Sitting beside Janice on a flight is a fascinating experience. She’s naturally social and refuses to let you not be. Mind you, she isn’t annoying or overbearing, but pleasant, friendly and interesting. She asks questions that make you feel important, a part of her life though you’re really not. She’ll interject a factoid or two about her own story if the opportunity presents itself, but mostly puts you on stage and appreciates your little soliloquies of self-reflection.
Janice looks at her cell phone a couple times a day, checks email at the beginning and end of her day and works in between, only texts her teenage children to remind them to check in and set up a Facebook profile so her younger sister, Deneice, would stop pestering her about doing so. A successful financial planner at a large bank, Janice spends 3-4 hours each day pouring over projections, reports and forecasts, checks on market numbers through the company’s real-time dashboard and only occasionally ventures beyond the Wall Street Journal or Bloomberg websites. If she’s read a blog, she doesn’t know it.
But Janice is a connector. She collects memories of people she’s met, dined with, even sat beside on a plane. She refers people to others she knows, offers to email you their contact information and actually follows through in doing so.
Janice recommends products, too. She lit up telling me all about her new Ford Flex, calling it, “A soccer mom’s dream come true.” She even recommended some sort of Swiffer-esque lint wand to keep in my bag to clean my laptop screen and keyboard. When I told her about my children, she immediately started giving me alternative meals than chicken nuggets or pizza to fix for them when my wife leaves the meals up to me.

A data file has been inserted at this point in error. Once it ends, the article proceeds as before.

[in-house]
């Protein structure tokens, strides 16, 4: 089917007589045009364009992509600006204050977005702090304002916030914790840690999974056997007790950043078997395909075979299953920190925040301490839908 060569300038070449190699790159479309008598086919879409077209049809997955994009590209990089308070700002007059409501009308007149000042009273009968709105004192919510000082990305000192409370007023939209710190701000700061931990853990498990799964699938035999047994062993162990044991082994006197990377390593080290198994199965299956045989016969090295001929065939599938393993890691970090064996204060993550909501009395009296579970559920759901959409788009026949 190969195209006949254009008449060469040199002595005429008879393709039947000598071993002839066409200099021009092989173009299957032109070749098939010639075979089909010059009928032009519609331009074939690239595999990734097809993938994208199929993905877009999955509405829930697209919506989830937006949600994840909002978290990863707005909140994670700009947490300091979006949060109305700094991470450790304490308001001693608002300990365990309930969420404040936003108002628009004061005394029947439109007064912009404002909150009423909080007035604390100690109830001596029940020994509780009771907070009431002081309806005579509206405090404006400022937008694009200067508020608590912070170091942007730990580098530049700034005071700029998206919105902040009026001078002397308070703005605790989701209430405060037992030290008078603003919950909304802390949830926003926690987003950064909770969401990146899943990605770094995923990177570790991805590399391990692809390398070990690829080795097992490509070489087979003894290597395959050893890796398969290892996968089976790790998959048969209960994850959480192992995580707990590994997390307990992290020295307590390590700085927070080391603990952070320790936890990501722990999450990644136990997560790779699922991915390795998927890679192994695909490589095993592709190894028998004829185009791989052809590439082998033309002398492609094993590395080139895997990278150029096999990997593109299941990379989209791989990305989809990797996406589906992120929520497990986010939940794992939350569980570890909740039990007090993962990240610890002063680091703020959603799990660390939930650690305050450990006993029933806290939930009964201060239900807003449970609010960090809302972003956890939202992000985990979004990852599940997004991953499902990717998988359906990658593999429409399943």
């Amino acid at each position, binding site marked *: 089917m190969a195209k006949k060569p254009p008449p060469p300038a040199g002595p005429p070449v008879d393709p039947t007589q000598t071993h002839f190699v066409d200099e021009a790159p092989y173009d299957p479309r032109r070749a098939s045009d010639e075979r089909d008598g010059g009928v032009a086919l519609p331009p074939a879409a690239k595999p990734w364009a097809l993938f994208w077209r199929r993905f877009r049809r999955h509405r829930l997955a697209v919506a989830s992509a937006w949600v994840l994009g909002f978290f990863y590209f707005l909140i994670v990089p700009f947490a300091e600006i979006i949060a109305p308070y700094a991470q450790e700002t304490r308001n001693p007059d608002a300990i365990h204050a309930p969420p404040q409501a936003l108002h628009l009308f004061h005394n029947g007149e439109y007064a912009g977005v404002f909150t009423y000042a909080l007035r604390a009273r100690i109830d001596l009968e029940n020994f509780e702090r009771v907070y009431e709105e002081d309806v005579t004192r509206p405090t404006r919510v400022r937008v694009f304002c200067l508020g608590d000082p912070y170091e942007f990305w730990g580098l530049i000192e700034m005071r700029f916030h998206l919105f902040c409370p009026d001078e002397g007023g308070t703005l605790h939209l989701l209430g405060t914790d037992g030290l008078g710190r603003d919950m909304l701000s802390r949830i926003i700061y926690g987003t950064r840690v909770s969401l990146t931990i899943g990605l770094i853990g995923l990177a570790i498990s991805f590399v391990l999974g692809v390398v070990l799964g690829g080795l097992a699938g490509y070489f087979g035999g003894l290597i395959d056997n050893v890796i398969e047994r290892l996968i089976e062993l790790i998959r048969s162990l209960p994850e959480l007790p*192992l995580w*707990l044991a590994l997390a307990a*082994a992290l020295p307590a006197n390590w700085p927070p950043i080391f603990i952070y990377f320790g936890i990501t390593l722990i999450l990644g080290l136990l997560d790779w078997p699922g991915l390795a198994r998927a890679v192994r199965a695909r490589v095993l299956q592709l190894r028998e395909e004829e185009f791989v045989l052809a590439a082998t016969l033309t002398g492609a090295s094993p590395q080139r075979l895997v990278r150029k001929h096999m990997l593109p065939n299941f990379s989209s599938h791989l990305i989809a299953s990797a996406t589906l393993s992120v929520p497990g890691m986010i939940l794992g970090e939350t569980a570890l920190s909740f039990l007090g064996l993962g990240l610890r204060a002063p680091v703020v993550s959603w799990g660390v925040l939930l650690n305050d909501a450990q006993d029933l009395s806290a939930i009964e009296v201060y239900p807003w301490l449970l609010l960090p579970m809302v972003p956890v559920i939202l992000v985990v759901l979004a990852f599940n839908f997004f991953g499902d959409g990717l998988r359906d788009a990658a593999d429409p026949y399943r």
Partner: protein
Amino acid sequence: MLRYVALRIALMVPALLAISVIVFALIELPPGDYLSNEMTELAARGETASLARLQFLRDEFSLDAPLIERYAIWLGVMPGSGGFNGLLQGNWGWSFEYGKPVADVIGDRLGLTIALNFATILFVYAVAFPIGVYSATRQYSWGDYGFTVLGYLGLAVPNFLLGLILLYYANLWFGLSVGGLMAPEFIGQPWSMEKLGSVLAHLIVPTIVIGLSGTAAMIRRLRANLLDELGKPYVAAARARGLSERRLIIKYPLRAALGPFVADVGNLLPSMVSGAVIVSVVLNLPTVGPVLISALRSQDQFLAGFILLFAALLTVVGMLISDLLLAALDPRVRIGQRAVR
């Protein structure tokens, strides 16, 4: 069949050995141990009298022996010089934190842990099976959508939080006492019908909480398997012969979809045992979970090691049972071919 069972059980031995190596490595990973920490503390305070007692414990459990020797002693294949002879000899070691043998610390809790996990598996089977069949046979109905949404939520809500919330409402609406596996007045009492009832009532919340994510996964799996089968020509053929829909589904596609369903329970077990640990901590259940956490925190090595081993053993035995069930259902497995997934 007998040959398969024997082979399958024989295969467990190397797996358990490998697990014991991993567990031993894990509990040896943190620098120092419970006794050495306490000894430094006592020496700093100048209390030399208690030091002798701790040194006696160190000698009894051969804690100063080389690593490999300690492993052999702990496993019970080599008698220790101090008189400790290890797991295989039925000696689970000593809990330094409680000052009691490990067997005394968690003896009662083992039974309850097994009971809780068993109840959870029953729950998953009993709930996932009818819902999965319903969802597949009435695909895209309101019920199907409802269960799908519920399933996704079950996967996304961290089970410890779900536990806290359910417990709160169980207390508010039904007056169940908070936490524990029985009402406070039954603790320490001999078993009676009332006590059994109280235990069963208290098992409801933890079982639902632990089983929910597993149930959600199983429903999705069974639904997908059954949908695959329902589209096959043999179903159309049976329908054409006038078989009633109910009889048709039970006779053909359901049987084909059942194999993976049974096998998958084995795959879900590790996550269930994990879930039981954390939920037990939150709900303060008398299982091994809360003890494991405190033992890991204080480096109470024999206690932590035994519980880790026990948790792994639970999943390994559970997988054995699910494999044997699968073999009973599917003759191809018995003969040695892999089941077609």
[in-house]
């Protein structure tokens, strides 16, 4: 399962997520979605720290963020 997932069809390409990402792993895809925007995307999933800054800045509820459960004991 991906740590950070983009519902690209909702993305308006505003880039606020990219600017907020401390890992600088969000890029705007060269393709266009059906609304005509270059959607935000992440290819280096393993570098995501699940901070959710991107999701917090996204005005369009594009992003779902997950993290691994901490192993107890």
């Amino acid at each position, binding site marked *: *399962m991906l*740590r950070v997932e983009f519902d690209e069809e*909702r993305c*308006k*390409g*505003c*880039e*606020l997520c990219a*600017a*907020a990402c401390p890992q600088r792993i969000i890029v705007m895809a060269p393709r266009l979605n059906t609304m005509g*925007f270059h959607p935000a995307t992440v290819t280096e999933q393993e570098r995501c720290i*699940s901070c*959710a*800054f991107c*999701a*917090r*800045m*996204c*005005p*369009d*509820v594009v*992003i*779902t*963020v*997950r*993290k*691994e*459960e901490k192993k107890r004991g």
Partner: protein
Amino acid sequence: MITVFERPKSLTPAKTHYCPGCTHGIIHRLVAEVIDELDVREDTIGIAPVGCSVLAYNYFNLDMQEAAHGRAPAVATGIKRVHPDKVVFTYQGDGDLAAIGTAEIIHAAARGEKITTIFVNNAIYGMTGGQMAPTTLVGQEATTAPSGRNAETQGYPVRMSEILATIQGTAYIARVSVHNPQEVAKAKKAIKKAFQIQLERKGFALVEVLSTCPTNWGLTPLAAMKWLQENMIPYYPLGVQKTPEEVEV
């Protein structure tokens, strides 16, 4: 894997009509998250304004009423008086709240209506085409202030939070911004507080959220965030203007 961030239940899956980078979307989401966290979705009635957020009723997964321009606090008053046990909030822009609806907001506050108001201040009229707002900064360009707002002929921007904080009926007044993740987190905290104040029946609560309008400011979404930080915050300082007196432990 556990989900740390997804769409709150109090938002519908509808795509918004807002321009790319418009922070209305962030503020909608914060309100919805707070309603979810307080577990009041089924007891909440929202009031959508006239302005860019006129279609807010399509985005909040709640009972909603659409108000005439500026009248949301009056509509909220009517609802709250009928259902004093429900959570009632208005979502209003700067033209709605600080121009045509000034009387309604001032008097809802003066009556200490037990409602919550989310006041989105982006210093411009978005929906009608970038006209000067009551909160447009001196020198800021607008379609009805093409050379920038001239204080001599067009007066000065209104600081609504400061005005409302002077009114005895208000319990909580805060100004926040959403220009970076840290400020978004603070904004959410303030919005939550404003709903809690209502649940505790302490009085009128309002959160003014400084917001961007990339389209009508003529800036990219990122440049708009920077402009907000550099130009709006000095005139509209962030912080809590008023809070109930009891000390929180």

Even when I tried to focus on my laptop to do a little work, Janice interjected some other question that distracted me from the task at hand. Without seeming to do so, Janice prevented me from getting lost in my technology and gadgets and forced me to make a human connection with her so she could make one with me. At the end of the flight, I felt as good as I’ve felt in a while. We had a great conversation, learned a little bit about each other and ourselves and got some new products and services to think about using.
We were being social. Without a computer.
We were influencing each other. Without a blog or Twitter account.
We were sharing. Without clicking a button.
Before you get lost in your next gadget-assisted attempt at connecting with someone, remember that the Internet and technology allows you to do things. It doesn’t allow you to be anything.
It’s a mechanism. You are the platform.
As my friend Jay Baer recently said, “Your business shouldn’t ‘do‘ social. It should ‘be‘ social.”
To know if yours is, turn it all off, look your customers in the eye and see what happens.